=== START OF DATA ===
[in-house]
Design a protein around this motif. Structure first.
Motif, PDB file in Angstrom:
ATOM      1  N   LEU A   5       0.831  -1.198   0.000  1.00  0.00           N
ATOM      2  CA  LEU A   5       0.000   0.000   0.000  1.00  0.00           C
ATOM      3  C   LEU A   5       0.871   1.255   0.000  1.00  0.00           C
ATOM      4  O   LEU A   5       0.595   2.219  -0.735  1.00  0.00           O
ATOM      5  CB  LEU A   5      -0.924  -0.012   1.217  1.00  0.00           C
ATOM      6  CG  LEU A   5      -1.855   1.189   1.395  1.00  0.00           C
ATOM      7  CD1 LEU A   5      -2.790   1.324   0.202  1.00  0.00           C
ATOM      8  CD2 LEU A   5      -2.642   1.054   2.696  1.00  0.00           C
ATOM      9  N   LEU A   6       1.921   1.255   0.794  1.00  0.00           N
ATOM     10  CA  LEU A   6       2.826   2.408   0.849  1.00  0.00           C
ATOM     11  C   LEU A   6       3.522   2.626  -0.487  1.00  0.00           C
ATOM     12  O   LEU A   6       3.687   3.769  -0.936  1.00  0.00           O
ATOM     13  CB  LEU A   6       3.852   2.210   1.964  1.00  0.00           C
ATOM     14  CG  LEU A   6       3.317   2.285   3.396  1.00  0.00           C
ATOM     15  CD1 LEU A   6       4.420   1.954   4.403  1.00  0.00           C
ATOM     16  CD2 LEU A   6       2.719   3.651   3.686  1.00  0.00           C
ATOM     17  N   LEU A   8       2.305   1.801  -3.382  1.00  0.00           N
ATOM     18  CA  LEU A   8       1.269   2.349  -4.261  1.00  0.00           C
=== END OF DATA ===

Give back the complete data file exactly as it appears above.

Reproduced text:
[in-house]
Design a protein around this motif. Structure first.
Motif, PDB file in Angstrom:
ATOM      1  N   LEU A   5       0.831  -1.198   0.000  1.00  0.00           N
ATOM      2  CA  LEU A   5       0.000   0.000   0.000  1.00  0.00           C
ATOM      3  C   LEU A   5       0.871   1.255   0.000  1.00  0.00           C
ATOM      4  O   LEU A   5       0.595   2.219  -0.735  1.00  0.00           O
ATOM      5  CB  LEU A   5      -0.924  -0.012   1.217  1.00  0.00           C
ATOM      6  CG  LEU A   5      -1.855   1.189   1.395  1.00  0.00           C
ATOM      7  CD1 LEU A   5      -2.790   1.324   0.202  1.00  0.00           C
ATOM      8  CD2 LEU A   5      -2.642   1.054   2.696  1.00  0.00           C
ATOM      9  N   LEU A   6       1.921   1.255   0.794  1.00  0.00           N
ATOM     10  CA  LEU A   6       2.826   2.408   0.849  1.00  0.00           C
ATOM     11  C   LEU A   6       3.522   2.626  -0.487  1.00  0.00           C
ATOM     12  O   LEU A   6       3.687   3.769  -0.936  1.00  0.00           O
ATOM     13  CB  LEU A   6       3.852   2.210   1.964  1.00  0.00           C
ATOM     14  CG  LEU A   6       3.317   2.285   3.396  1.00  0.00           C
ATOM     15  CD1 LEU A   6       4.420   1.954   4.403  1.00  0.00           C
ATOM     16  CD2 LEU A   6       2.719   3.651   3.686  1.00  0.00           C
ATOM     17  N   LEU A   8       2.305   1.801  -3.382  1.00  0.00           N
ATOM     18  CA  LEU A   8       1.269   2.349  -4.261  1.00  0.00           C